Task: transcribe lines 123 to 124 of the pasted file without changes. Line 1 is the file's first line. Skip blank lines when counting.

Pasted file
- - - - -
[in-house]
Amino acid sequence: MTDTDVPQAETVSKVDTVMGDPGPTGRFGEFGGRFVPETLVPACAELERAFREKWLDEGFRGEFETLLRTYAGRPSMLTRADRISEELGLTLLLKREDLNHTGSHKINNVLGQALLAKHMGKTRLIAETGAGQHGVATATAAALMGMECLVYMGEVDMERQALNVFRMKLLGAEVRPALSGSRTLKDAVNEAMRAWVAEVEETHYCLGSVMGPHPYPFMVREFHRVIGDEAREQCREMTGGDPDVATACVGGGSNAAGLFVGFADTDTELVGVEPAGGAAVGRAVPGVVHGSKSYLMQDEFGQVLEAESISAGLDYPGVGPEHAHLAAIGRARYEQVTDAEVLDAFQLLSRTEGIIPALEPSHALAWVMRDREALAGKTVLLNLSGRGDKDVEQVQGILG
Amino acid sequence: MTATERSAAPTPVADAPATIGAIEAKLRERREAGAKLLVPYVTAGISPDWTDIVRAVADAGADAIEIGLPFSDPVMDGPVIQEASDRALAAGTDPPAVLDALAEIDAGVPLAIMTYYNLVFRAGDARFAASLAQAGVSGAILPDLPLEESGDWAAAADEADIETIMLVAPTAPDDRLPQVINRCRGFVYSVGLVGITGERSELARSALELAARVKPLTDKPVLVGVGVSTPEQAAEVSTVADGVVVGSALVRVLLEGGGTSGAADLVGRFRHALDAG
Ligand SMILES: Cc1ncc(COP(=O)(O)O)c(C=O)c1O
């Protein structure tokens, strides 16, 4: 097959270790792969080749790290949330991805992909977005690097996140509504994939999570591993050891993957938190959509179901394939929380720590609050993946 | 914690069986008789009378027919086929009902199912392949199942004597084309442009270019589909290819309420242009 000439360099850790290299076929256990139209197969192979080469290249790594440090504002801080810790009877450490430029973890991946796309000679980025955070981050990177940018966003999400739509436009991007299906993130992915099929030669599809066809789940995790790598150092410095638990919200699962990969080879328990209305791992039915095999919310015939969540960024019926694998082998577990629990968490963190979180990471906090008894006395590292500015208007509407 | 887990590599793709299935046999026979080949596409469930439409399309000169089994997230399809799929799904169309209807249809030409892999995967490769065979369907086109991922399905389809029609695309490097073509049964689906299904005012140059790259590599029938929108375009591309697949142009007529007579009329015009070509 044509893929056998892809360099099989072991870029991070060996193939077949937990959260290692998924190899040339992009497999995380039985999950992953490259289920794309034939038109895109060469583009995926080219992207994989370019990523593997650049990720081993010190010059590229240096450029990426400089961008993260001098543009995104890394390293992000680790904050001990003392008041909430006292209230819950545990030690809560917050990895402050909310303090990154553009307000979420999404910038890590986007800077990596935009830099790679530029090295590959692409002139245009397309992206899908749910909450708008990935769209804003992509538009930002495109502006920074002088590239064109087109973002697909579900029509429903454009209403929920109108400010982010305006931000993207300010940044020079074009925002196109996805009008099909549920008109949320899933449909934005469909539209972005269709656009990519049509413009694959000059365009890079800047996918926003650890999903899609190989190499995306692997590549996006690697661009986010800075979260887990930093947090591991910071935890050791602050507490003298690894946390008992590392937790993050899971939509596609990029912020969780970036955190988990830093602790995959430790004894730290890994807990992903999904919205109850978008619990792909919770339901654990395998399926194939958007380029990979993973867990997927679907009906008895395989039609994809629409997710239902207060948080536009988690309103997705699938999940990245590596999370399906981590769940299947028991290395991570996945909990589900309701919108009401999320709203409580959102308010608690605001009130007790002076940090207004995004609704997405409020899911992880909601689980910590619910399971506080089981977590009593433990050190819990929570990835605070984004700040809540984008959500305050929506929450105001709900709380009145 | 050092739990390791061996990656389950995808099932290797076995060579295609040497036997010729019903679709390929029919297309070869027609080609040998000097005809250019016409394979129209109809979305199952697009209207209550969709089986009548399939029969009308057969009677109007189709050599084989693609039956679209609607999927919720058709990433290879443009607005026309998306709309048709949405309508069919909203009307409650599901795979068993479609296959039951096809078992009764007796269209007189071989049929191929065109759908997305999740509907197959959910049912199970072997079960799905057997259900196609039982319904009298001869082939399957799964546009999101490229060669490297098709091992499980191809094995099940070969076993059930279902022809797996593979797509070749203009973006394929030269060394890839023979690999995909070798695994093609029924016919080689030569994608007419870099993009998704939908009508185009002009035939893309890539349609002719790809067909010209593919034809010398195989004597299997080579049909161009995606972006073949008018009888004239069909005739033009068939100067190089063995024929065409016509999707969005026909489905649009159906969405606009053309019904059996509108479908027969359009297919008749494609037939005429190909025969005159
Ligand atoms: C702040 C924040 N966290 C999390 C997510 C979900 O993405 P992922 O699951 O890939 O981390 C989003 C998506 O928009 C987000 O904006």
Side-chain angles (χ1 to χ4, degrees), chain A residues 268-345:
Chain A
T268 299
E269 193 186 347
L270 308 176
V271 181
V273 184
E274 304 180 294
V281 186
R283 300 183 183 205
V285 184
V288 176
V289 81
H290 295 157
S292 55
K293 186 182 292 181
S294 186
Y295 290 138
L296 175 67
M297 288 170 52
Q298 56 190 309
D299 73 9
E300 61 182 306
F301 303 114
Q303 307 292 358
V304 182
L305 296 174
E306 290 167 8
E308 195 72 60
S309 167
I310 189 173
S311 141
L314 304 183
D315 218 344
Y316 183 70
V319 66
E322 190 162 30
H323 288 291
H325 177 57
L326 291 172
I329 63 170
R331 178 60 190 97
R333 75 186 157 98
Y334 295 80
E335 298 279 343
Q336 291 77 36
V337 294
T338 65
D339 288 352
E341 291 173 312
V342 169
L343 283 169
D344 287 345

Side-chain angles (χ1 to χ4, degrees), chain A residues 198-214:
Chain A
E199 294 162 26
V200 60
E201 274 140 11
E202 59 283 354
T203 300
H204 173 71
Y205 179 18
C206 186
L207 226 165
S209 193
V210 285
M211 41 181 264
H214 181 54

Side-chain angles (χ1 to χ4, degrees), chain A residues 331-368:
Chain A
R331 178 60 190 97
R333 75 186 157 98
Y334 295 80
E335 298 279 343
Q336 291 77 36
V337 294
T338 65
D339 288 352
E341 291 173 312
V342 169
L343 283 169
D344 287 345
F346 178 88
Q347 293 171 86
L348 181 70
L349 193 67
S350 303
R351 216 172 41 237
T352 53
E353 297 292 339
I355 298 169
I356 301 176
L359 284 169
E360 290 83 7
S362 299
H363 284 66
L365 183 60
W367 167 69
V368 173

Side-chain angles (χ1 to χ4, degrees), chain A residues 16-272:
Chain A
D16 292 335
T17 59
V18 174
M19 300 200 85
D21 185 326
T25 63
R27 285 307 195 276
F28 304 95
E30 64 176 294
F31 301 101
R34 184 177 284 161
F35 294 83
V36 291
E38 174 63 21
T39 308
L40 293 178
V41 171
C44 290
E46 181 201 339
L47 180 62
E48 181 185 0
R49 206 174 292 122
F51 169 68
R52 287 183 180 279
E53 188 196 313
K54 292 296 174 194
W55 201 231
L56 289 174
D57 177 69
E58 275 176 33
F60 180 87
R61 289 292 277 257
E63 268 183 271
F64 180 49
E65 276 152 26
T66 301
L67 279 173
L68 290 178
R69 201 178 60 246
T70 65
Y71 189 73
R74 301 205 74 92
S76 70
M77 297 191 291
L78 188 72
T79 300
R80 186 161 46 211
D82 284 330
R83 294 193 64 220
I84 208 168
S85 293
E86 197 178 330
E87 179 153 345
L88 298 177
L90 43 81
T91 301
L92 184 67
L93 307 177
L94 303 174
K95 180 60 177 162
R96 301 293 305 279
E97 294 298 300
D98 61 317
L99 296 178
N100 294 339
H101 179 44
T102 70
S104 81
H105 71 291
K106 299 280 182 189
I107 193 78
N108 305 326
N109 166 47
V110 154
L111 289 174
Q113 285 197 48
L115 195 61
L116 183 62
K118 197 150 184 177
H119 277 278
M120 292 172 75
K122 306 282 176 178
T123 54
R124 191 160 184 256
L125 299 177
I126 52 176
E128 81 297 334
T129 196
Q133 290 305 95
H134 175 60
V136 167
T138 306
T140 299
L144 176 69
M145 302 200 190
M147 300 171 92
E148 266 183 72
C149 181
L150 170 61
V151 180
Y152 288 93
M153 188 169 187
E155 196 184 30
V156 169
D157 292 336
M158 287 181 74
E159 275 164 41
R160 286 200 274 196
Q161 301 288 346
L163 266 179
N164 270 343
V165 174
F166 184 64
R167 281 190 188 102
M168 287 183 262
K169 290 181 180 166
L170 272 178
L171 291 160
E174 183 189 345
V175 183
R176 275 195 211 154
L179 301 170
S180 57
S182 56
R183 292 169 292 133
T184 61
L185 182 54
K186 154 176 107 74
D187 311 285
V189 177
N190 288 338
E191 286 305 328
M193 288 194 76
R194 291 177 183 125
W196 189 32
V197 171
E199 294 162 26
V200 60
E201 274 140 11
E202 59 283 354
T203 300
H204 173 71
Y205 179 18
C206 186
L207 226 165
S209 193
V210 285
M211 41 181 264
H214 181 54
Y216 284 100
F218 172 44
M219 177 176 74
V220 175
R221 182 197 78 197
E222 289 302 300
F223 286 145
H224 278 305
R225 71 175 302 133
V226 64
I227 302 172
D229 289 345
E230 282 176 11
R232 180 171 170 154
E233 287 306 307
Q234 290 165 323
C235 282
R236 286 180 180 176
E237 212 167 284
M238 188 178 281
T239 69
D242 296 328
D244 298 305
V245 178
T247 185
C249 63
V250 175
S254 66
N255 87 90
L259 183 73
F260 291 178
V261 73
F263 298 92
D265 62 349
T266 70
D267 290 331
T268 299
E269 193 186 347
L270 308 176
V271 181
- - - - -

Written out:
L40 293 178
V41 171